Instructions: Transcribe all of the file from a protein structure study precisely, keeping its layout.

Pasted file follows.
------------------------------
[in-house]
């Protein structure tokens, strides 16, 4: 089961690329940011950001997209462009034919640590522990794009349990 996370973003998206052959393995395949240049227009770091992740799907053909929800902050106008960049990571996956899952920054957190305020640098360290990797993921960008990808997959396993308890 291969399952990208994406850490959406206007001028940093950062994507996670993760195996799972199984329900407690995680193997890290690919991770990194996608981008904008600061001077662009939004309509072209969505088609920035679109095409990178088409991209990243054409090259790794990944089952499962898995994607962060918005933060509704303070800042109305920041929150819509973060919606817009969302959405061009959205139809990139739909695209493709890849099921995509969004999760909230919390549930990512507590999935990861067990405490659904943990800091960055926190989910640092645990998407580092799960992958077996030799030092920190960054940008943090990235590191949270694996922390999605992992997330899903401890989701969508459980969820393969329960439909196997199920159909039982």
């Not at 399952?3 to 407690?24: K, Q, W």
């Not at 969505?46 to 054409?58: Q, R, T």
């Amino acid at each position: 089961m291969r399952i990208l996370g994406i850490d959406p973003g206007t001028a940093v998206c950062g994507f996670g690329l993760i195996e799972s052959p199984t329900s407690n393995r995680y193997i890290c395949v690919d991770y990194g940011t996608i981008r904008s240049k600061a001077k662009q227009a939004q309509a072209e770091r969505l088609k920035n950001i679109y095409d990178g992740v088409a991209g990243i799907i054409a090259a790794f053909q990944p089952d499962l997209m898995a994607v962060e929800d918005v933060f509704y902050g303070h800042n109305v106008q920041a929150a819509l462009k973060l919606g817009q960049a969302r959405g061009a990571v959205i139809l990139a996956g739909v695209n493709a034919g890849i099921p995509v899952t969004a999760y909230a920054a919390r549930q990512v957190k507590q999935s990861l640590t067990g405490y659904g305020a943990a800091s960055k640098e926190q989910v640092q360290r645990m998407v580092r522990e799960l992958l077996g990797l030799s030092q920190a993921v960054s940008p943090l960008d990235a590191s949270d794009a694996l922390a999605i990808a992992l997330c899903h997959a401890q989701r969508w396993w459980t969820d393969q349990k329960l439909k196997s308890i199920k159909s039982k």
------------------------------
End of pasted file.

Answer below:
[in-house]
């Protein structure tokens, strides 16, 4: 089961690329940011950001997209462009034919640590522990794009349990 996370973003998206052959393995395949240049227009770091992740799907053909929800902050106008960049990571996956899952920054957190305020640098360290990797993921960008990808997959396993308890 291969399952990208994406850490959406206007001028940093950062994507996670993760195996799972199984329900407690995680193997890290690919991770990194996608981008904008600061001077662009939004309509072209969505088609920035679109095409990178088409991209990243054409090259790794990944089952499962898995994607962060918005933060509704303070800042109305920041929150819509973060919606817009969302959405061009959205139809990139739909695209493709890849099921995509969004999760909230919390549930990512507590999935990861067990405490659904943990800091960055926190989910640092645990998407580092799960992958077996030799030092920190960054940008943090990235590191949270694996922390999605992992997330899903401890989701969508459980969820393969329960439909196997199920159909039982």
């Not at 399952?3 to 407690?24: K, Q, W």
């Not at 969505?46 to 054409?58: Q, R, T």
């Amino acid at each position: 089961m291969r399952i990208l996370g994406i850490d959406p973003g206007t001028a940093v998206c950062g994507f996670g690329l993760i195996e799972s052959p199984t329900s407690n393995r995680y193997i890290c395949v690919d991770y990194g940011t996608i981008r904008s240049k600061a001077k662009q227009a939004q309509a072209e770091r969505l088609k920035n950001i679109y095409d990178g992740v088409a991209g990243i799907i054409a090259a790794f053909q990944p089952d499962l997209m898995a994607v962060e929800d918005v933060f509704y902050g303070h800042n109305v106008q920041a929150a819509l462009k973060l919606g817009q960049a969302r959405g061009a990571v959205i139809l990139a996956g739909v695209n493709a034919g890849i099921p995509v899952t969004a999760y909230a920054a919390r549930q990512v957190k507590q999935s990861l640590t067990g405490y659904g305020a943990a800091s960055k640098e926190q989910v640092q360290r645990m998407v580092r522990e799960l992958l077996g990797l030799s030092q920190a993921v960054s940008p943090l960008d990235a590191s949270d794009a694996l922390a999605i990808a992992l997330c899903h997959a401890q989701r969508w396993w459980t969820d393969q349990k329960l439909k196997s308890i199920k159909s039982k």